If you've been carrying a stroller with a baby while running, you know how awkward and difficult it can be. You can not swing both arms at the same time, your stride is sometimes shortened, and no matter how "light" the pack of the pram promised is, it's an animal that pulls up hills.
Now imagine that you do not have to push one, but five children in one – and for 26.2 miles. This will give you an idea of what happened to 37-year-old Chad Kempel on the 3rd of February at the Surf City Marathon in Huntington Beach, California.
Kempel is the father of seven children, including one-year-old quintet children. He pushed the five small children in a covered pram to the finish line.
"I never expected to push anyone into a marathon," said Mountain American, California-born American Runner's World . , "The hills were particularly hard. But when I thought about what the babies had been through in the last year ̵
Kempel did not just make 26.2 miles in Surf City Stop: After crossing the line at 5:45:04, he pushed the stroller a little more than a mile more to a total of 27.3 miles for the day.
The number had a special meaning for the family: Amy had worn the Quintuplets 27 weeks and three days before birth on January 11, 2018. When the babies were born, they each weighed only three pounds and had to be oxygenated immediately and fed with feeding tubes to survive the fragile health conditions The Quintuplets required a 73-day stay in the ICU.
A long, frightening pregnancy, and even after her birth we could not rest, "Kempel said," We finally got her take home, but then our schedules are just busier. It was a long, crazy year between parenting and work and finding time to run.
Find a Respite While Walking
Running was a mental and physical way out for Kempel since he was in high school when he started earning miles Get fit for wrestling. As an adult, he extended his training runs and was pleased with how the pavement on his walkway calmed down. "It's my favorite antidepressant," he said. In 2009, at the age of 27, he tackled his first San Francisco Marathon and finished the race 3:43:15.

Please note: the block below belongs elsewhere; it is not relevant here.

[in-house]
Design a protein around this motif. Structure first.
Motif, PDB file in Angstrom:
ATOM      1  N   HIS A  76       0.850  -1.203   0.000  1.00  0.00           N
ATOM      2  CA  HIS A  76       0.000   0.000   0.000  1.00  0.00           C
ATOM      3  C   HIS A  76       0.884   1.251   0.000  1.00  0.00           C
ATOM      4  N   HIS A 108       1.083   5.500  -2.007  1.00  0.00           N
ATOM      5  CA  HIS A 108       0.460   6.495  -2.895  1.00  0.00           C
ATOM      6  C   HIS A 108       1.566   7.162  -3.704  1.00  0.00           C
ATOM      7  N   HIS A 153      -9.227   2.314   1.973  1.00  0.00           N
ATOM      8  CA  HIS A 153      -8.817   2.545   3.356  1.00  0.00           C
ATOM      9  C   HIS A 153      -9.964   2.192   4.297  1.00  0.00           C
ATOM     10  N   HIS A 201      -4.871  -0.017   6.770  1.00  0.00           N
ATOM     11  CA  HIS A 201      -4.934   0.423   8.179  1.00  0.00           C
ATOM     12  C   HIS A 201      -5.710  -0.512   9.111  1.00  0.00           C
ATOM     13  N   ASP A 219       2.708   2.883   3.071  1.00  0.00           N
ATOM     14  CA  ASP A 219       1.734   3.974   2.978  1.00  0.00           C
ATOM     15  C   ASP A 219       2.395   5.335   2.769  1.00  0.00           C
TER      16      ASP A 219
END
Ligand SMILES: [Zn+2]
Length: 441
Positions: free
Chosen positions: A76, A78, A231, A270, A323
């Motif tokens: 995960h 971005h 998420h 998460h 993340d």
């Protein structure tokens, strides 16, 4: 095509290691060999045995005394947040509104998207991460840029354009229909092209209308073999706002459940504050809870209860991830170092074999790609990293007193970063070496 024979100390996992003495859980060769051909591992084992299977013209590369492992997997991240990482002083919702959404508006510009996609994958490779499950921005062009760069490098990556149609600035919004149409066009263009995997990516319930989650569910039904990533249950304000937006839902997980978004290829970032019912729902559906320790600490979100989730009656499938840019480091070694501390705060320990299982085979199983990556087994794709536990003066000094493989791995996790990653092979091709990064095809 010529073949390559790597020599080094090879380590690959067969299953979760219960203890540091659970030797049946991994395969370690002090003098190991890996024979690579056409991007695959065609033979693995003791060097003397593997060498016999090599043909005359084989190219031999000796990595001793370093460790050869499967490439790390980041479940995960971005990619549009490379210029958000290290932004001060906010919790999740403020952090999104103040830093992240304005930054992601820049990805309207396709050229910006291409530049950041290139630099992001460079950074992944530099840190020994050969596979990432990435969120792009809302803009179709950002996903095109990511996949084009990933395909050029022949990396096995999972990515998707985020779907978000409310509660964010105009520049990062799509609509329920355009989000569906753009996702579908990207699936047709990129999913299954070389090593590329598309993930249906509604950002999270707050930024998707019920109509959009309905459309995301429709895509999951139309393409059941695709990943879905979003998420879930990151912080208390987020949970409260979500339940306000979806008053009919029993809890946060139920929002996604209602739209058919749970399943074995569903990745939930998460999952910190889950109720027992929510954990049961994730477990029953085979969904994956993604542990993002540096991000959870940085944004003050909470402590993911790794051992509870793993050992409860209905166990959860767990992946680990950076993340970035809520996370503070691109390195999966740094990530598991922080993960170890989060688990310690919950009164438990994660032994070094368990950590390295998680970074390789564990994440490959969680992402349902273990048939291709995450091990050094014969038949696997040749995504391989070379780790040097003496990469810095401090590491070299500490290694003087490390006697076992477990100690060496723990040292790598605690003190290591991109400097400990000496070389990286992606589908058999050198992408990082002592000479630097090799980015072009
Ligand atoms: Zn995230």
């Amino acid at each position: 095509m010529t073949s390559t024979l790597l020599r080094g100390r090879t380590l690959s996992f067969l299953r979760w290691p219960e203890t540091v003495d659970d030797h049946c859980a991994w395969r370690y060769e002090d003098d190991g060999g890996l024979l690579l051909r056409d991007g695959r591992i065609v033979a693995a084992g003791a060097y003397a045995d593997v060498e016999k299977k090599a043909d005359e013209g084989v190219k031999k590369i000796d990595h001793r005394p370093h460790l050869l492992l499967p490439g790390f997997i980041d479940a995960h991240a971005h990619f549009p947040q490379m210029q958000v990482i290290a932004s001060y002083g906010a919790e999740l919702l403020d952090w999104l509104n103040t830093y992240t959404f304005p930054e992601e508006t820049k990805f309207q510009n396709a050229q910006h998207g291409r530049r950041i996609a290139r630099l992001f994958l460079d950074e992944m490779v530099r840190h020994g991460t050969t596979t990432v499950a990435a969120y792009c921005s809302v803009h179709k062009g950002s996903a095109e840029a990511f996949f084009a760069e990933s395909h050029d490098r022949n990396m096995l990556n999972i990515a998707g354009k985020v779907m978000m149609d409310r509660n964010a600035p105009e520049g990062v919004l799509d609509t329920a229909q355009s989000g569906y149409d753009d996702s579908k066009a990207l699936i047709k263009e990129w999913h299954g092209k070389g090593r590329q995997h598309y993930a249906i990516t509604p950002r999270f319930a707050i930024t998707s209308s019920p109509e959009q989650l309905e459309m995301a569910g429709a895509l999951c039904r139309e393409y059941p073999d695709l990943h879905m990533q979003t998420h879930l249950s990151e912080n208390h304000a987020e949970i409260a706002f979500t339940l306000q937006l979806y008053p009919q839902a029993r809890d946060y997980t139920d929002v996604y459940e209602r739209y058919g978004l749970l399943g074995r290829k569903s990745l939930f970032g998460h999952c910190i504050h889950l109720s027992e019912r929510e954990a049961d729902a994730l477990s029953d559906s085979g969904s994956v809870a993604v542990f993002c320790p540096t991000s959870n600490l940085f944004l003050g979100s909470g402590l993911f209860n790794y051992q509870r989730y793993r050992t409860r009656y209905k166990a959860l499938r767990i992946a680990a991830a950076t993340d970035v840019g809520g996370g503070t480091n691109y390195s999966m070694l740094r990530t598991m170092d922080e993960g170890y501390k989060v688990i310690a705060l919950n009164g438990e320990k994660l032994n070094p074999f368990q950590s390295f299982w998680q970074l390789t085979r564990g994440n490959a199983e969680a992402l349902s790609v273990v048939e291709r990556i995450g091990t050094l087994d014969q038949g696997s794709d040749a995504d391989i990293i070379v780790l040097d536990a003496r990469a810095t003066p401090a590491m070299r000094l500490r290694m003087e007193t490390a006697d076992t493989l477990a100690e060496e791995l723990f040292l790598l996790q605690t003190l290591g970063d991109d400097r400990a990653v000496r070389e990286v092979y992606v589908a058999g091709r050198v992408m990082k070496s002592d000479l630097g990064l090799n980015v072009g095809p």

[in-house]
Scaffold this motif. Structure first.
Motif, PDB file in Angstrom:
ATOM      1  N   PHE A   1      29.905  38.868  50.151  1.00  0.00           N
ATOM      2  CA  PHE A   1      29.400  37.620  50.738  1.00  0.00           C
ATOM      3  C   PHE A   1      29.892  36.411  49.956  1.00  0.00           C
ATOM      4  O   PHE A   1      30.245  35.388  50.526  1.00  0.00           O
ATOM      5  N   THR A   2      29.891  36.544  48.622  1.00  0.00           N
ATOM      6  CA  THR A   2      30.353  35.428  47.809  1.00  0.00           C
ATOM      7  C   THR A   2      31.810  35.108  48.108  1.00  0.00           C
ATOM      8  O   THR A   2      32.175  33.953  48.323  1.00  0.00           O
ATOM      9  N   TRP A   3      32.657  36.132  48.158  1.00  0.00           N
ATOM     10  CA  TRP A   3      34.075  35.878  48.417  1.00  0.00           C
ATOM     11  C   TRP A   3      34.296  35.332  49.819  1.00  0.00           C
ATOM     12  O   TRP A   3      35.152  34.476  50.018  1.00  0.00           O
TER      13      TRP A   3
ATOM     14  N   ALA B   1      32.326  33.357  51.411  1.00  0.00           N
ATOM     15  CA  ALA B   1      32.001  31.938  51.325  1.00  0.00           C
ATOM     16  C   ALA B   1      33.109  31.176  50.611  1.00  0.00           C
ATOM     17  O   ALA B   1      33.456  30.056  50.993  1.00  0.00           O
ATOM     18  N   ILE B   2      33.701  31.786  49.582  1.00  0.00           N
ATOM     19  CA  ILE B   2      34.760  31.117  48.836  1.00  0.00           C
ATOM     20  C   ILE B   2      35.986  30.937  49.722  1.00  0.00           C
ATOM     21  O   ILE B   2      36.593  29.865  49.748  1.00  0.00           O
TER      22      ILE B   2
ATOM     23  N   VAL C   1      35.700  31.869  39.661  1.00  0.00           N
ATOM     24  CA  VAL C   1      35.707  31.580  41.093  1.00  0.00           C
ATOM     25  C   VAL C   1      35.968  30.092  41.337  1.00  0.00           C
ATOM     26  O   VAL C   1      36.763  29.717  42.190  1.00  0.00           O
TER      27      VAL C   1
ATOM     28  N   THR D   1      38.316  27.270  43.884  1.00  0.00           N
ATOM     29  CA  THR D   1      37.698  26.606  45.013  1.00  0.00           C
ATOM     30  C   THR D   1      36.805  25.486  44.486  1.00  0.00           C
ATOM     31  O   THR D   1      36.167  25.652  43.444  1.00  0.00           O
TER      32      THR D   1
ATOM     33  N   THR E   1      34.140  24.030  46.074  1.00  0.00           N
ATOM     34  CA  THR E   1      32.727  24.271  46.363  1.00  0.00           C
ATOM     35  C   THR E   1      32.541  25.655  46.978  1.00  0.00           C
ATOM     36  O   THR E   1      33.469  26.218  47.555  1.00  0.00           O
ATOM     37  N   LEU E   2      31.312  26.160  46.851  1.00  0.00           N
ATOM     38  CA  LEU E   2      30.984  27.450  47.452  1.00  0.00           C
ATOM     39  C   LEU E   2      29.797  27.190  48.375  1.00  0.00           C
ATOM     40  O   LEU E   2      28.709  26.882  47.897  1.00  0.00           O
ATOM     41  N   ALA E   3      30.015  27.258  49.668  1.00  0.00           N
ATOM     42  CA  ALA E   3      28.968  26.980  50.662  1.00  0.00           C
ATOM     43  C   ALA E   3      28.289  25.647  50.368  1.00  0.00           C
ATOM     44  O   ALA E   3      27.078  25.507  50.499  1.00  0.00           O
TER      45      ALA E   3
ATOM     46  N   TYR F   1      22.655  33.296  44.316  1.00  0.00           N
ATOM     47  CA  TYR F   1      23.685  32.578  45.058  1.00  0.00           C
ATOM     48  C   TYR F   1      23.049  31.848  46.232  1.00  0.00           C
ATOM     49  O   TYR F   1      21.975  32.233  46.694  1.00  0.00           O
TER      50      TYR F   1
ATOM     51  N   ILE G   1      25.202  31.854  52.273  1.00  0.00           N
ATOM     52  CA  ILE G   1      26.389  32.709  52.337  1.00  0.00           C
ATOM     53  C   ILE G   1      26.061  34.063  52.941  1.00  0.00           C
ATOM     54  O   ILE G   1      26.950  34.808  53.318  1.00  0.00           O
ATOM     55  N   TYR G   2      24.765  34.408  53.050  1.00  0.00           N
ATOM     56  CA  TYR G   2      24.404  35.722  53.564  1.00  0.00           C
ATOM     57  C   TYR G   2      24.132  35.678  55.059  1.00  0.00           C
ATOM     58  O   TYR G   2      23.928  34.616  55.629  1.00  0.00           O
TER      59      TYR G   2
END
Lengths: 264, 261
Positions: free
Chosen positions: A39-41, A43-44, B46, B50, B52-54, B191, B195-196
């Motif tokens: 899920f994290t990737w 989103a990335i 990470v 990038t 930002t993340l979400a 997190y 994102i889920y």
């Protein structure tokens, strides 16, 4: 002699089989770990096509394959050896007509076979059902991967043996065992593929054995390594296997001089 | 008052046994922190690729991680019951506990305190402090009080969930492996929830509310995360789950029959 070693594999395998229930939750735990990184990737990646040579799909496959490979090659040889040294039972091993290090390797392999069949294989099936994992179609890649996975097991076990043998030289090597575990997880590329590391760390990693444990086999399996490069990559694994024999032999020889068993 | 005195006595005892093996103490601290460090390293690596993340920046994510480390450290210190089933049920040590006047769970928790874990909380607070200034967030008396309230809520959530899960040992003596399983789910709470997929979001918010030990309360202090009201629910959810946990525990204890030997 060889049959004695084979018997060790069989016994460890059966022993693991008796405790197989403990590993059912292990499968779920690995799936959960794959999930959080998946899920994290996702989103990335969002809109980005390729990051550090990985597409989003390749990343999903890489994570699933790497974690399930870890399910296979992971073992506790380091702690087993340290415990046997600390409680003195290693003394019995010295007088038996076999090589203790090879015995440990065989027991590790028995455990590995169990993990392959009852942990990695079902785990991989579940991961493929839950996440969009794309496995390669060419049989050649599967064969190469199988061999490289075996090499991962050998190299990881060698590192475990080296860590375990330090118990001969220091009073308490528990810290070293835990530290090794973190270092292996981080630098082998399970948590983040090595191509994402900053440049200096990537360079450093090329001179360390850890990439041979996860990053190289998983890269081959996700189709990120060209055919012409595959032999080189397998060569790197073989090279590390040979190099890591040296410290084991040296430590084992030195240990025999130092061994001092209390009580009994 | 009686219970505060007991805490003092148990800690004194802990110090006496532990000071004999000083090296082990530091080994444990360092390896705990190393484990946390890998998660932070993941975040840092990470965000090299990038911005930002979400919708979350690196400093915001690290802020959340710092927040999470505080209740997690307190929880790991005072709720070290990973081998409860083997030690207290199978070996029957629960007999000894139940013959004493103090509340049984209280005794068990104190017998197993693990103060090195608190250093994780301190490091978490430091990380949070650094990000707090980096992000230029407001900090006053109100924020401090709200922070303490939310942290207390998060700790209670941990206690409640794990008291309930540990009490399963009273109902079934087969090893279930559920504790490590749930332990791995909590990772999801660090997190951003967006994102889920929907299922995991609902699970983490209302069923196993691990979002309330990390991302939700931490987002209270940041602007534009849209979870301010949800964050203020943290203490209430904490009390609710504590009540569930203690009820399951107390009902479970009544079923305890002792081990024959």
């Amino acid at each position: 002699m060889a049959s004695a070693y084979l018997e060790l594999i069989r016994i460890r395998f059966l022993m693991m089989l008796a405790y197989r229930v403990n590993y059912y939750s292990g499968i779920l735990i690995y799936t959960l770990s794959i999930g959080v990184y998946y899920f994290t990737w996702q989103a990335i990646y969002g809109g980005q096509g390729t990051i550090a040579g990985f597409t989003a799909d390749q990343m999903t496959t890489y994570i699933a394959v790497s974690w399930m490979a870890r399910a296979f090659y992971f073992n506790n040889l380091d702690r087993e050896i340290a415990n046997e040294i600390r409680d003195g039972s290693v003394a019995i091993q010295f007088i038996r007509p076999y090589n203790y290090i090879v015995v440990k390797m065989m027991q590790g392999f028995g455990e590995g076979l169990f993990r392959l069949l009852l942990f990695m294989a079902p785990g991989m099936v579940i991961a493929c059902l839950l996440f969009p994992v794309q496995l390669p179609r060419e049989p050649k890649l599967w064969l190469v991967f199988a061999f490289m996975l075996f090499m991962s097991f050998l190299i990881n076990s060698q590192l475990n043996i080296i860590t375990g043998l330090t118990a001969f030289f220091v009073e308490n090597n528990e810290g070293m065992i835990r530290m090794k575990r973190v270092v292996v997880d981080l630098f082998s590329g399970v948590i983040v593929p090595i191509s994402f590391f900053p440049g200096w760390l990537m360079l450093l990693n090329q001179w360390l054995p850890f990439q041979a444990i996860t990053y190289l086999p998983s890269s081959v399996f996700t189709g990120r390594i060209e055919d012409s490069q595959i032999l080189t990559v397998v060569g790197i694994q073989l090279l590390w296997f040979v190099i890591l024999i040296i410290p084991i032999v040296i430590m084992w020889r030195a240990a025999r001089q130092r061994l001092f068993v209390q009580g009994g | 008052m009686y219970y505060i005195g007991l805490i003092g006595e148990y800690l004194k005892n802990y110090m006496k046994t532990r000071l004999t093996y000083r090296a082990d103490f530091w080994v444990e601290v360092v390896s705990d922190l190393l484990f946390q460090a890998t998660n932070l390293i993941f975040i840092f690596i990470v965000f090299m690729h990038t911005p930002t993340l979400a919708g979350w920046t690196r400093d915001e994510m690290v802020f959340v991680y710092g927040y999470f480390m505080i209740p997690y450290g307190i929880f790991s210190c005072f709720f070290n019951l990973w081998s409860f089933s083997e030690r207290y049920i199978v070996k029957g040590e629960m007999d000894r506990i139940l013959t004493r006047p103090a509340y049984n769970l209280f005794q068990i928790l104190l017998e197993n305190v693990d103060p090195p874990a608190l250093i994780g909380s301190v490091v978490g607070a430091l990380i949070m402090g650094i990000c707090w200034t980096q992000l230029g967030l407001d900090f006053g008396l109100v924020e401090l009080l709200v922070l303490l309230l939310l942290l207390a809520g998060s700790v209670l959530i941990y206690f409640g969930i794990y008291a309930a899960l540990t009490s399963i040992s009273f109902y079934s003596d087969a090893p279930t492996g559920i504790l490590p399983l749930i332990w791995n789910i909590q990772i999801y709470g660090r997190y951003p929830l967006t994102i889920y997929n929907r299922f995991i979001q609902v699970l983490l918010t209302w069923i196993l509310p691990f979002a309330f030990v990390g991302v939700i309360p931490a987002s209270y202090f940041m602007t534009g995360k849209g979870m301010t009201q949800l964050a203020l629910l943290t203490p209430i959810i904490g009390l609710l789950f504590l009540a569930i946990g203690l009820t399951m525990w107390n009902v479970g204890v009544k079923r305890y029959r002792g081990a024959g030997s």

"After that, I was hungry for a qualifying time in Boston," he said. "I knew I had to cover a path, but I was hunting."
A few years later, Kempels life took a dramatic turn. In 2013, he and Amy discovered that they were expecting twins. Their joy, however, was tragically short-lived as the babies were born 18 weeks earlier and died.
"It was devastating," Kempel said. Earlier this June, he had completed his fastest time (3:14:25) at the Newport Marathon in Oregon. But after losing the twins, the miles no longer maintained their attractiveness.
"I hung my shoes," he said. "I just did not want to run anymore."
Soon, however, Kempel realized that running could help him survive the low days. By the time his eldest daughter, Savannah, was born in 2014, he began to train again with marathons and race. Often he would earn miles every morning before he and Amy had breakfast with their baby. He continued this routine when she greeted her second girl, Avery, two years later. When the quintuplets arrived last year, the couple's days naturally became hectic.
To train for the Surf City Marathon, Kempel woke up every morning at 4 am, put on a spotlight and reflective gear, and left the house at 4:30 to walk.
Normally, he spent about an hour on the road, stopping at nearby routes if he needed to help Amy with early risers.
"I did not want my education to be a burden for them," he said. "She is overwhelmed as it is."
When their seven children awoke at 6:30 am, Kempel and Amy split and conquered, one to dress the quintuplets and the other to prepare the older girls. While Amy brought Savannah and Avery to preschool, Kempel commuted an hour to work.
At 16:00, he picked up his daughters and met the rest of his family at home. After putting the babies in their five cribs at six o'clock in the morning, Kempel sometimes went to a second run.
"I always have to adapt when I have time," he said.
While he was spending enough miles refueling to be prepared for Surf City, Kempel did not spend much time rehearsing an important thing: walking with a stroller. It just was not practical because he covered most of his miles in the cool morning hours. "I did not want the girls to catch a cold," he explained.
A few weeks before the race, he completed a test run and pushed the babies in the five-headed stroller that he had bought from eBay for five miles. He said it was not too challenging – luckily the babies slept all the way – but he did not know how far 22 miles would go.
Pushing through the Wall
When the race day came, any nervousness Kempel felt was replaced by adrenaline. At the start of the Surf City, he and Amy fed the five girls in the stroller, hoping that they would be full to their destination.